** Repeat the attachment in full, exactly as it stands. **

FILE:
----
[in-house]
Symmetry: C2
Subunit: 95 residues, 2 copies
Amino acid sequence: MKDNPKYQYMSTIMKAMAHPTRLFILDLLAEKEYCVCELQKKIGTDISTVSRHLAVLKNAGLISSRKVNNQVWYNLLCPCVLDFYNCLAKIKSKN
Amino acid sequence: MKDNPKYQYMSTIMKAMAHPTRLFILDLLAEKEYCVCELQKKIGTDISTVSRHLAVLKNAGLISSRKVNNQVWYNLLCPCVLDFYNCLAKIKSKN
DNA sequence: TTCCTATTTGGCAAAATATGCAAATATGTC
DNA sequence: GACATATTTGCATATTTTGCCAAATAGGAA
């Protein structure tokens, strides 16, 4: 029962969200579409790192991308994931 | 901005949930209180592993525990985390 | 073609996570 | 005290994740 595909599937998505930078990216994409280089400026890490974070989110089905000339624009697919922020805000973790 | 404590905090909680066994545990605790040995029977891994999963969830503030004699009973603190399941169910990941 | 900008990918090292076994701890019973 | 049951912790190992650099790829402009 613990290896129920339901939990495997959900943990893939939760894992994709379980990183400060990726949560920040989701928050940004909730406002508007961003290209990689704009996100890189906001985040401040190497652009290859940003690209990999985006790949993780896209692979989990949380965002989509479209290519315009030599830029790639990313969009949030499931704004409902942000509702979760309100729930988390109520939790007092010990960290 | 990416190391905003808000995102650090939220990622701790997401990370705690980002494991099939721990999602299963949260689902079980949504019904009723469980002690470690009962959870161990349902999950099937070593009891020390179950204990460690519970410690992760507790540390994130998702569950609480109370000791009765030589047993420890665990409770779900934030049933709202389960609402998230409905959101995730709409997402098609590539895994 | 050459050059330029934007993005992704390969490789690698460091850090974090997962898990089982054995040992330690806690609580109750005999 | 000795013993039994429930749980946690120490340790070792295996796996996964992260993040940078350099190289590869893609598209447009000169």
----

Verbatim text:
[in-house]
Symmetry: C2
Subunit: 95 residues, 2 copies
Amino acid sequence: MKDNPKYQYMSTIMKAMAHPTRLFILDLLAEKEYCVCELQKKIGTDISTVSRHLAVLKNAGLISSRKVNNQVWYNLLCPCVLDFYNCLAKIKSKN
Amino acid sequence: MKDNPKYQYMSTIMKAMAHPTRLFILDLLAEKEYCVCELQKKIGTDISTVSRHLAVLKNAGLISSRKVNNQVWYNLLCPCVLDFYNCLAKIKSKN
DNA sequence: TTCCTATTTGGCAAAATATGCAAATATGTC
DNA sequence: GACATATTTGCATATTTTGCCAAATAGGAA
């Protein structure tokens, strides 16, 4: 029962969200579409790192991308994931 | 901005949930209180592993525990985390 | 073609996570 | 005290994740 595909599937998505930078990216994409280089400026890490974070989110089905000339624009697919922020805000973790 | 404590905090909680066994545990605790040995029977891994999963969830503030004699009973603190399941169910990941 | 900008990918090292076994701890019973 | 049951912790190992650099790829402009 613990290896129920339901939990495997959900943990893939939760894992994709379980990183400060990726949560920040989701928050940004909730406002508007961003290209990689704009996100890189906001985040401040190497652009290859940003690209990999985006790949993780896209692979989990949380965002989509479209290519315009030599830029790639990313969009949030499931704004409902942000509702979760309100729930988390109520939790007092010990960290 | 990416190391905003808000995102650090939220990622701790997401990370705690980002494991099939721990999602299963949260689902079980949504019904009723469980002690470690009962959870161990349902999950099937070593009891020390179950204990460690519970410690992760507790540390994130998702569950609480109370000791009765030589047993420890665990409770779900934030049933709202389960609402998230409905959101995730709409997402098609590539895994 | 050459050059330029934007993005992704390969490789690698460091850090974090997962898990089982054995040992330690806690609580109750005999 | 000795013993039994429930749980946690120490340790070792295996796996996964992260993040940078350099190289590869893609598209447009000169």